Damage is determined by
how the strike exits
In a properly bonded system that follows American Boat & Yacht Council
standards, the strike should follow a
low-resistance path to a boat’s keel or
an installed grounding plate, though few
boats are equipped this way from the
factory. While no two lightning strikes
are exactly alike, examining a typical
claim can shed some light on the possible
damages your boat might have if it’s ever
struck; some may not even have crossed
your mind. Example: Priority, a 33-foot
sailboat, was struck in North Carolina
during a July thunderstorm. Sailboats are
nearly always struck on the mast – and
this one was no exception. A damaged
or missing VHF antenna is typically
the first sign that an unattended boat
was struck. Sometimes bits of a melted
antenna are found on the deck.
It’s no surprise that electrical devices
are susceptible to strikes; NOAA estimates a strike contains around 30,000,000
volts, and a quick zap to a 12-volt device
will certainly destroy it. But lightning is
like horseshoes: “Close” counts. There can
sometimes be collateral damage when a
nearby boat gets hit, either the result of
the lightning’s powerful electromagnetic field or the current
induced by the field
running through the
cord. This can create strange problems; some electronics may work
fine, others that are
adjacent might not,
and still others may
only work partially.
In some cases, compasses have been off
by 100 degrees.
In one instance,
the owner of a 28-foot sailboat noticed
an amber LED on his battery charger
that he’d never seen lit before, and his
depth sounder had quit working. He
couldn’t figure out what had happened
until his neighbor told him his boat had
been struck. On another boat moored
next to a struck boat, the compass read-
ings were 50 degrees off and slowly
returned to normal after a few weeks. But
a direct hit usually causes more obvious
and substantial damage.
When a boat gets struck, lightning is
trying to find its way to ground, typically
the water around and under the boat.
When a sailboat like Priority gets struck,
one of the paths the lightning takes is
down the mast; typically, anything that
happens to be close by on the way down
can be destroyed: wind instruments, TV
antennas, radar, lights, and so on.
Fortunately, aluminum is a very good
conductor and allows the strike free pas-
sage. However, wood and carbon-fiber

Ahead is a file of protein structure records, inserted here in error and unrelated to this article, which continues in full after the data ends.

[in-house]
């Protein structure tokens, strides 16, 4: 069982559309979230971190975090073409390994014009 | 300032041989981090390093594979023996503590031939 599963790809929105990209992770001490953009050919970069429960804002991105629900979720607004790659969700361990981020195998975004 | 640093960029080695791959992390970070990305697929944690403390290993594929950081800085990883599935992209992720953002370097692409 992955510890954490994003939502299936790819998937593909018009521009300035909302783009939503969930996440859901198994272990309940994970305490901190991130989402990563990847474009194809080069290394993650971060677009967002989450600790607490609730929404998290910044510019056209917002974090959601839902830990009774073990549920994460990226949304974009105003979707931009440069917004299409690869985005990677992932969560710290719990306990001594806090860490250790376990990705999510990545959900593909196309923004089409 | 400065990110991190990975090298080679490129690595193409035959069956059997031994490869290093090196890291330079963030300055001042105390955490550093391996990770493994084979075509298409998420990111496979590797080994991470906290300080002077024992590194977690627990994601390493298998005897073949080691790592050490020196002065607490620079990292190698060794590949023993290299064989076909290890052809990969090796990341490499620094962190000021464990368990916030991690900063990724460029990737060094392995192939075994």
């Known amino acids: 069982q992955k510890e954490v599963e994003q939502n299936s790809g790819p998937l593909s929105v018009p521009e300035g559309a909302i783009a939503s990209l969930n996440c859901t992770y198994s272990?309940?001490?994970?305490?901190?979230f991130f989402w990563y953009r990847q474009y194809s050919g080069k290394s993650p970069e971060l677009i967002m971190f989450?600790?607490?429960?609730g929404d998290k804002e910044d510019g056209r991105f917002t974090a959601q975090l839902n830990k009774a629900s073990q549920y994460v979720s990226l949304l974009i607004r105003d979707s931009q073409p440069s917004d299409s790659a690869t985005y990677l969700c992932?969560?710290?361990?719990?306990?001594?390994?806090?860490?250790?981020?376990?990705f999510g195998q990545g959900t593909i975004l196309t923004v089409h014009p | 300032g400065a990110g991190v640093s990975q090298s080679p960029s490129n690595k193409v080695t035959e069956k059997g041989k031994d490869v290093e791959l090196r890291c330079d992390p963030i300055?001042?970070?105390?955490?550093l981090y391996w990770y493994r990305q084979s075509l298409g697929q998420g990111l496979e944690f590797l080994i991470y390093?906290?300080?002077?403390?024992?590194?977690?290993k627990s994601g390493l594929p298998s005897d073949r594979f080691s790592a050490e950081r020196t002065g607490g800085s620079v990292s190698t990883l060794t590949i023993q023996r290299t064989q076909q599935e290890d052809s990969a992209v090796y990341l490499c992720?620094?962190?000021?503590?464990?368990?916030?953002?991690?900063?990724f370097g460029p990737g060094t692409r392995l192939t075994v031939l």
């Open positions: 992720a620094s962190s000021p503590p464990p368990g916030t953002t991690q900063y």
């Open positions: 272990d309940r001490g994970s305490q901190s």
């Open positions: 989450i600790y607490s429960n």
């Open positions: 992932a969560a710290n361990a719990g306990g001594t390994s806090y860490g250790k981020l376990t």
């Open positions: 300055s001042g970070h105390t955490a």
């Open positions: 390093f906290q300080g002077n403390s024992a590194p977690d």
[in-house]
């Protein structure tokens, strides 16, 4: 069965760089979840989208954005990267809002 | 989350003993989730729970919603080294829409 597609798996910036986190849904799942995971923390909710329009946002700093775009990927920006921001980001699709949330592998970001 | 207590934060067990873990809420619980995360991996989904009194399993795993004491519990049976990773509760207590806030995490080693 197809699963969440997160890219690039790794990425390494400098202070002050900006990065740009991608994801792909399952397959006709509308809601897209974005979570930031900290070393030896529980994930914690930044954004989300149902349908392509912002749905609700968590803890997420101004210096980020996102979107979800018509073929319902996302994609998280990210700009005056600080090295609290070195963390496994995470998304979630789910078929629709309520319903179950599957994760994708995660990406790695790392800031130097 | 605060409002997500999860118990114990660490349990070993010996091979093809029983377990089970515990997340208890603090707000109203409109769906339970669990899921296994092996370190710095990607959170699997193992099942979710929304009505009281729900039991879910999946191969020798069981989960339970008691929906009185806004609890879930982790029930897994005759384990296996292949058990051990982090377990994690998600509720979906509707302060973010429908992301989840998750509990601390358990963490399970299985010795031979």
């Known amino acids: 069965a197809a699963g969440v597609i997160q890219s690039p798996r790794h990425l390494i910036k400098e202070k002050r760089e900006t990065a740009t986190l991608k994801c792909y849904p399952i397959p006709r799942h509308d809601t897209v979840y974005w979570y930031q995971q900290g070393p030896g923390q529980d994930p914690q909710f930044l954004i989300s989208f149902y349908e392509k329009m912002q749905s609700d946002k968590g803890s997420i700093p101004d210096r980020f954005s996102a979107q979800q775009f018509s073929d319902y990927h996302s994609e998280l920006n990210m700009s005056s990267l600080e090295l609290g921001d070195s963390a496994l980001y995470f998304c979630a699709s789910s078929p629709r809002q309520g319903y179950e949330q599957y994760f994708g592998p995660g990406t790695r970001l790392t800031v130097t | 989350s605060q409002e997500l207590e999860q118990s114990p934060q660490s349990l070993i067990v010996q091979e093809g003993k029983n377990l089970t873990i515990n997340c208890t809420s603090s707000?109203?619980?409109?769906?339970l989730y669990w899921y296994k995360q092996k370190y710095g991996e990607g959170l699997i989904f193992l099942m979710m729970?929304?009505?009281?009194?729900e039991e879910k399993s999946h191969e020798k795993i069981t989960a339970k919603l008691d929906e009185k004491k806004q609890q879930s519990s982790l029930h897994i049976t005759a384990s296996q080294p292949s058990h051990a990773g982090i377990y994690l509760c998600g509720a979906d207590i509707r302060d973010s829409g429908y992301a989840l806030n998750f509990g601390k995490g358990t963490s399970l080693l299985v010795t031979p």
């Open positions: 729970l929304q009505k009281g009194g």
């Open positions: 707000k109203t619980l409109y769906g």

masts can get damaged because neither
one is a good conductor. Thankfully,
damage to the rigging is rare.
Though mast-mounted components
are the most likely to be destroyed, any-
thing on the boat that is electronic can be
damaged. As a general rule, if the equip-
ment works OK after the boat was struck,
it probably wasn’t damaged; it’s unusual
for electronics to fail months later.
Often the first sign owners have that
their boat was struck is that some of the
boat’s electronics don’t work. Look for
fuse failures, and if you have more than a
couple of blown fuses, look to lightning
as a possible cause.
Powerboats are typically struck on
the VHF antenna or bimini top, and
though electronics are often destroyed,
passengers are fortunately rarely injured.
Sometimes, however, the engine electrical system is damaged. This underscores
the need for nonelectronic signaling
devices, such as flares, in case your boat
is struck at sea and is taking on water or,
worse, if someone is injured.
Lightning can be brutal to fiberglass
In the case of Priority, the lightning trav-
eled down the mast in addition to the
VHF coaxial cable. The cable had been
disconnected and was resting against the
hull inside the boat. When the strike
exited the cable, it had no easy way to get
to the water. After traveling a quarter of a
mile through air, lightning has no trouble
going through a fiberglass hull, and this
is exactly what it did, blowing a 3-inch
hole on the way. Fortunately, the hole
was above the waterline, and the boat was
saved from sinking.
Powerboats are also susceptible to hull
damage and are less likely to have been
fitted with a lightning-protection system. Fortunately, the strike usually exits
the boat through the props and rudders,
and aside from damage to the bottom
paint, the running gear is not often damaged (although electronic engine controls sometimes are). Need another good
reason to replace a leaking fuel tank? A
25-foot fishing boat with a small amount
of fuel in the bilge exploded at the dock
when it was struck, sending the contents
of the boat’s cockpit nearly 100 feet away.
Rarely, the claims files show that lightning enters a boat’s electrical system and
creates enough havoc to start a fire.
Look for minor damage
One component that is often destroyed is
a ground fault circuit interrupter (GFCI).
This can easily be overlooked after a
strike. Though it may still power appliances, the protection circuit is often nonfunctional. A GFCI can be easily checked
by pushing the test button on the cover.
Other small items to check are handheld
radios and GPS, bilge pumps, inverters,
lights, and fans. It should be noted that
lightning is fickle and boat damage varies enormously; one owner saw his boat
struck on the mast and yet none of the
electronics were damaged. The only evidence the surveyor could find of the strike
was a blackened area on the masthead.
Disconnecting your VHF
during lightning season
may not help
can get zapped
during a strike.
Source: BoatU.S. Marine Insurance
Strike by type of boat
Multihull sailboat 6. 9
Monohull sailboat 3. 8
Bass boat 0.1
Pontoon boat 0.1
Overall average 0.9